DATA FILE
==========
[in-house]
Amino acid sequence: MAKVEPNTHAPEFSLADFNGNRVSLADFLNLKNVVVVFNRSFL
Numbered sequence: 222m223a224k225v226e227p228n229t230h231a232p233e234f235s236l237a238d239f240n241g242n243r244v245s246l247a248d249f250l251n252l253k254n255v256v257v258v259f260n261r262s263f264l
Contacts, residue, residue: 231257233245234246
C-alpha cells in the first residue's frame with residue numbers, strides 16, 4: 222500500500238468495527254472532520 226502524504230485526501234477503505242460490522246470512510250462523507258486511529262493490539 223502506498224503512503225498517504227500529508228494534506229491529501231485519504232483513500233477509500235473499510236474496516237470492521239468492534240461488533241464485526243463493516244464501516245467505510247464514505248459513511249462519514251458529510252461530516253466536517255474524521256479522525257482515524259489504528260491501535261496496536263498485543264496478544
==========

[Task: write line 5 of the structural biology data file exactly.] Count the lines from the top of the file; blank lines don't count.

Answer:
C-alpha cells in the first residue's frame with residue numbers, strides 16, 4: 222500500500238468495527254472532520 226502524504230485526501234477503505242460490522246470512510250462523507258486511529262493490539 223502506498224503512503225498517504227500529508228494534506229491529501231485519504232483513500233477509500235473499510236474496516237470492521239468492534240461488533241464485526243463493516244464501516245467505510247464514505248459513511249462519514251458529510252461530516253466536517255474524521256479522525257482515524259489504528260491501535261496496536263498485543264496478544